Fostering Cats and Kittens — The Inside Scoop

What is “fostering”?

Fostering is caring for an animal in your own home until a permanent owner is found. Next to owning a dog or cat, there is nothing more enjoyable or rewarding than fostering an animal from your local shelter or rescue group. Even if you have a pet at home, you might be able to fit in a temporary tenant — a dog or cat making the transition from shelter to a new adoptive family. Fostering usually means taking in animals that are not “up to standards”, not ready for adoption, and preparing them to someday be adopted into a family fit for them, hopefully one that will shower them with all the attention they will need. Most of the felines that are placed into foster home are either too small, too sick, or too aggressive.

What may be asked of foster parents and families?

There is no perfect profile of a foster family, but there are some things you should know before volunteering at your local shelter or contacting a rescue group. You may be asked to foster a dog or cat from two weeks to two months, depending on circumstances. Foster parents don’t need to be home 24 hours a day, but you might have to postpone that weekend getaway or family vacation if you’re asked to take care of an animal for a while. It could require giving them medication at certain times of the day or perhaps bathing them periodically. If you have pets at home, you may have to keep them separated if the foster dog or cat is contagious. Before taking in an animal that’s recovering from an illness or disease, check with your vet if you have concerns about your own pets.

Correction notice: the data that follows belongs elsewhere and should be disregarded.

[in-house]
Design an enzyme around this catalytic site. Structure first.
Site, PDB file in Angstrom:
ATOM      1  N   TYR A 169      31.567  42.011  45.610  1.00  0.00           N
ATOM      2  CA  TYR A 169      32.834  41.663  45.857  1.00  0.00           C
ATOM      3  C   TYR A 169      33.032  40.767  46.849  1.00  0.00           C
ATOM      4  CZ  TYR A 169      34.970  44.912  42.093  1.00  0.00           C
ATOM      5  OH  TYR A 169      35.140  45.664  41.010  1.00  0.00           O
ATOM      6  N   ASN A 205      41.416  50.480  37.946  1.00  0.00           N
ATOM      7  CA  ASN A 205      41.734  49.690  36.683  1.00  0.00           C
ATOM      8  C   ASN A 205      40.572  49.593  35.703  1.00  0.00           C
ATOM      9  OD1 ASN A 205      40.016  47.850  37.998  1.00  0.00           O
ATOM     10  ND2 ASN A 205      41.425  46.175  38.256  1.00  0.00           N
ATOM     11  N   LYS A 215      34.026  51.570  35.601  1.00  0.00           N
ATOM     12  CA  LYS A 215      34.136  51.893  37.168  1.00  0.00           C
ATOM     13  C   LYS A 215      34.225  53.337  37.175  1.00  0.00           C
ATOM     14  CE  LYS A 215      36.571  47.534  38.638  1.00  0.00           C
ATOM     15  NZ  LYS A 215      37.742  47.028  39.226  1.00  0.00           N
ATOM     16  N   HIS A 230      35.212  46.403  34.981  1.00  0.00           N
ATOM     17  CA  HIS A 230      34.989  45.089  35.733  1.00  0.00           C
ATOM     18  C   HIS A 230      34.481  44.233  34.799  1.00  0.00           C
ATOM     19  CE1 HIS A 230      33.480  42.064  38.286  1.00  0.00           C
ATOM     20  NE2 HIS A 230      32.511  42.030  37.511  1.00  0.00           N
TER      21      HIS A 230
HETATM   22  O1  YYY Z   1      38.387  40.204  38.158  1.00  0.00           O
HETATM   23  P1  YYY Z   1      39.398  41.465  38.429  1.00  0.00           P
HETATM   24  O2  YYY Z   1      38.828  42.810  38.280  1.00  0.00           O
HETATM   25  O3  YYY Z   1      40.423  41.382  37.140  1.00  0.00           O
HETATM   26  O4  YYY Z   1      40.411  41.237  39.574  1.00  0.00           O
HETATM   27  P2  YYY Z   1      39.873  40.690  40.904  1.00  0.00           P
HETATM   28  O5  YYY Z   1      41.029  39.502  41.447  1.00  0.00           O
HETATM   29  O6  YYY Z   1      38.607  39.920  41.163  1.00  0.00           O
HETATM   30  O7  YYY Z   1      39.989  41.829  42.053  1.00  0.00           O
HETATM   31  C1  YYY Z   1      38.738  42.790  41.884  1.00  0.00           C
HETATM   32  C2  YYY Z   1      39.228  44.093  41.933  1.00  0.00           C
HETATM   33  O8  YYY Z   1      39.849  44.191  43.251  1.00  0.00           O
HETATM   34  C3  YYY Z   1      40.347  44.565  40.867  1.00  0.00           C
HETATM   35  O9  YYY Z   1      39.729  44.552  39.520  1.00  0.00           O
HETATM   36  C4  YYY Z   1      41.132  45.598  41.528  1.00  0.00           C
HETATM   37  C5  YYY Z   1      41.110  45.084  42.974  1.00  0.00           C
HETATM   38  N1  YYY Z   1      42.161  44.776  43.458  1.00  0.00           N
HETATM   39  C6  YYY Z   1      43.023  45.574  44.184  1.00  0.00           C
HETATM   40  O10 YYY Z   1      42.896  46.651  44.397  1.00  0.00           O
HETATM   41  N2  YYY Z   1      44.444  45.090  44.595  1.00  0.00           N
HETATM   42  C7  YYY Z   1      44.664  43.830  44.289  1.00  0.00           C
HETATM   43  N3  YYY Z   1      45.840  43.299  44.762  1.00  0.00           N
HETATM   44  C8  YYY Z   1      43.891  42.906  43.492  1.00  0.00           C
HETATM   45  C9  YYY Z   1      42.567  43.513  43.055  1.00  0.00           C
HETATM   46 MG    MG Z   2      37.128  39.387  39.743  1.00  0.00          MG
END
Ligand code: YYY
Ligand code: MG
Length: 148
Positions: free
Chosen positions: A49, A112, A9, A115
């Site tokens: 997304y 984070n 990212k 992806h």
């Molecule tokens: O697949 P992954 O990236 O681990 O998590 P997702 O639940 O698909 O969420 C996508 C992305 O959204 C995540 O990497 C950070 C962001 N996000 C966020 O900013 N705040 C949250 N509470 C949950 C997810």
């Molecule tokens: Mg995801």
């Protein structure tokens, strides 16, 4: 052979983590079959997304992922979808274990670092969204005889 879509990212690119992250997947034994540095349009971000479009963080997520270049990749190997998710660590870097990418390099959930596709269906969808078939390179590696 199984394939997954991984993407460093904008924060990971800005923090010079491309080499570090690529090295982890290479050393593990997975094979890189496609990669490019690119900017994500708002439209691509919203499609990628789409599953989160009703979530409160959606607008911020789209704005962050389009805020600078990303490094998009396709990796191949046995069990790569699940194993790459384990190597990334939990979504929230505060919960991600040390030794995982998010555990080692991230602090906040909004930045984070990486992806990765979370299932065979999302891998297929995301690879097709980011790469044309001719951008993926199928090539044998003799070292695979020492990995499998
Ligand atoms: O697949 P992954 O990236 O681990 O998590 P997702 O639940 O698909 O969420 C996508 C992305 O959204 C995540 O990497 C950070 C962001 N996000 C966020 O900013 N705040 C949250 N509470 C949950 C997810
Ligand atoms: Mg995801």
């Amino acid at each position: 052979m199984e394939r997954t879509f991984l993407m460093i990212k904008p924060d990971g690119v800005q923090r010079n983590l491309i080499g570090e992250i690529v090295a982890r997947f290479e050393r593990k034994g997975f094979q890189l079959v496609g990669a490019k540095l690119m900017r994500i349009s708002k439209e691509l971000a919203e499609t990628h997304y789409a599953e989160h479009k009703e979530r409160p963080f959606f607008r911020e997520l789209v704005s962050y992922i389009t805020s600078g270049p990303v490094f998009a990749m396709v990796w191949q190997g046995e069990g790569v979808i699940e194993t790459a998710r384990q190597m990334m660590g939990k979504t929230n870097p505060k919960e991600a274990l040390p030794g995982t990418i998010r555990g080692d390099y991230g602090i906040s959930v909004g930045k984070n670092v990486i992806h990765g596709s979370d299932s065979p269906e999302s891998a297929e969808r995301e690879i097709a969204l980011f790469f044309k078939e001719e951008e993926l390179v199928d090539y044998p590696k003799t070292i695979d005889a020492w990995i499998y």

What is the financial situation?

Fostering is not an occupation, it is not a career, one does not get paid to be a foster parent. Fostering animals is 100% voluntary, but not much money comes out of pocket to pay for the expenses of the animals. The shelter where the fosterer is fostering for will usually cover most of the expenses including food, pet beds, medicine, and any trips to the medical offices.

Why foster?

Well mainly it’s to help animals in need improve their health or behavior so that they can get adopted. The rest is up to you to figure out.

**THE FOLLOWING ARE PARTS OF INTERVIEWS THAT I CONDUCTED VIA EMAIL WITH TWO VERY NICE WOMEN: CINDY(C) AND SHEILA(S).

**FOLLOW THEM ON INSTAGRAM!

Cindy → @foster_kittens
Sheila → @love2foster

What inclined you to start fostering?

S: I worked as a Hospital Director for a vet for three years and met a lady that ran a cat rescue. She convinced me to take some bottle baby kittens and I was hooked.

C: We adopted our cat, Emmy, when she was five weeks old. When I took her to get spayed, I told the vet how fun it was to have a kitten in the house. She suggested that I look into fostering, and gave me the name of a couple of local shelters who had fostering programs where I could volunteer.

How intense is the competition for fostering?

S: At the beginning of kitten season every foster wants kittens and when they become available they go into homes quickly. There are a lot of animals that need foster and not enough fosters so the competition is not fierce.